Although over 190 different species of bird have been seen on or around the central islands of Seychelles (and the number is increasing all the time), many of these are...

Migrant Shore Birds

Shallow seas and estuaries are very rich in invertebrate life. Many birds feed on the worms, crabs and shellfish in these habitats; often, they have long bills for probing sand...

Seychelles Magpie Robin

The most endangered of the endemic birds, Seychelles Magpie Robin or Pi Santez in Creole, came close to extinction in the late twentieth century; in 1970 there were only about...

Seychelles Blue Pigeon

The Seychelles Blue Pigeon or Pizon Olande in Creole, spends much of its life in the canopy of trees and eats the fruits of figs, bwa dir, ylang ylang and...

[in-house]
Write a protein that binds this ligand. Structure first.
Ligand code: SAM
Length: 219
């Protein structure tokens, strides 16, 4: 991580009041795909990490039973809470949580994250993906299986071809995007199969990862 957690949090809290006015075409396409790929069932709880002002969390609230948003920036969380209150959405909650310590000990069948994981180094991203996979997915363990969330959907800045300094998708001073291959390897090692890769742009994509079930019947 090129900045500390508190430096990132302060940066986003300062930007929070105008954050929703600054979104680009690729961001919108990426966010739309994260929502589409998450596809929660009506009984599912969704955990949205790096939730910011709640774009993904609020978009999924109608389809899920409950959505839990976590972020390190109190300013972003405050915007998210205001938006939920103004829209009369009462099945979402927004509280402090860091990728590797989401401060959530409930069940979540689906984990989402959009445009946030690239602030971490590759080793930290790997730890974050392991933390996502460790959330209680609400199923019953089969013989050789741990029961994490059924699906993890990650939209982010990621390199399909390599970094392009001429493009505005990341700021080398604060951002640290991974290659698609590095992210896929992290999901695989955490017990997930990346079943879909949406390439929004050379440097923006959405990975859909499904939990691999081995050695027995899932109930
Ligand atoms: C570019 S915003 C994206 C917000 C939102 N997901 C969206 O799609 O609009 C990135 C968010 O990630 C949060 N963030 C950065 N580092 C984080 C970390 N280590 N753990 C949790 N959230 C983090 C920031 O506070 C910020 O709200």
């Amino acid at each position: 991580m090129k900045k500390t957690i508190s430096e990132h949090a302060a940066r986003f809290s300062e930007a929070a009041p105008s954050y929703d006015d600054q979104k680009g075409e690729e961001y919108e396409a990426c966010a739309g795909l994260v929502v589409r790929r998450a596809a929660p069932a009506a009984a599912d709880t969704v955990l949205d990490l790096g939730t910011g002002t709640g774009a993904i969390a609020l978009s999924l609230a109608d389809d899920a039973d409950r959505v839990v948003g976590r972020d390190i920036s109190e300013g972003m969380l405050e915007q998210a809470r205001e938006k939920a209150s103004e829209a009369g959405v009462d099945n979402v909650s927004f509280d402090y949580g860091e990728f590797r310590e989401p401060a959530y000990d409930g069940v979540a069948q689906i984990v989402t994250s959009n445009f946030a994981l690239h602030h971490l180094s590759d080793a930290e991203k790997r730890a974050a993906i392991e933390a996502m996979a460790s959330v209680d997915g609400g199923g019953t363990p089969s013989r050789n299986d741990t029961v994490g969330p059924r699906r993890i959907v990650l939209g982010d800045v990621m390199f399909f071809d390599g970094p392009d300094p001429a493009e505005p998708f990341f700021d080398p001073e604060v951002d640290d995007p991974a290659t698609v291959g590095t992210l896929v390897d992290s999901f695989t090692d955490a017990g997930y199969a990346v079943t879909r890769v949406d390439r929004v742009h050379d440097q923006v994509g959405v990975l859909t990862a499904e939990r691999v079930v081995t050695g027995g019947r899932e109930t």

Seychelles White-eye

The Seychelles White-eye or Zwazo Linet in Creole, is rare and endemic. They may sometimes be seen in gardens and forest over 300m at La Misere, Cascade and a few...

Seychelles Black Paradise Flycatcher

The Seychelles Black Paradise Flycatcher or the Vev in Creole is endemic to Seychelles, you cannot find this bird anywhere else on earth. Although it was once widespread on...

Seychelles Sunbird

The tiny sunbird or Kolibri in Creole, is one of the few endemic species that has thrived since humans arrived in the Seychelles.

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Achievements

  • Stopped near extinctions of birds +

    Down-listing of the critically endangered Seychelles warbler from Critically Endangered to Near Threatened. Other Seychelles birds have also been saved including the Seychelles Magpie Robin, Seychelles Fody, and the Seychelles
  • Restored whole island ecosystems +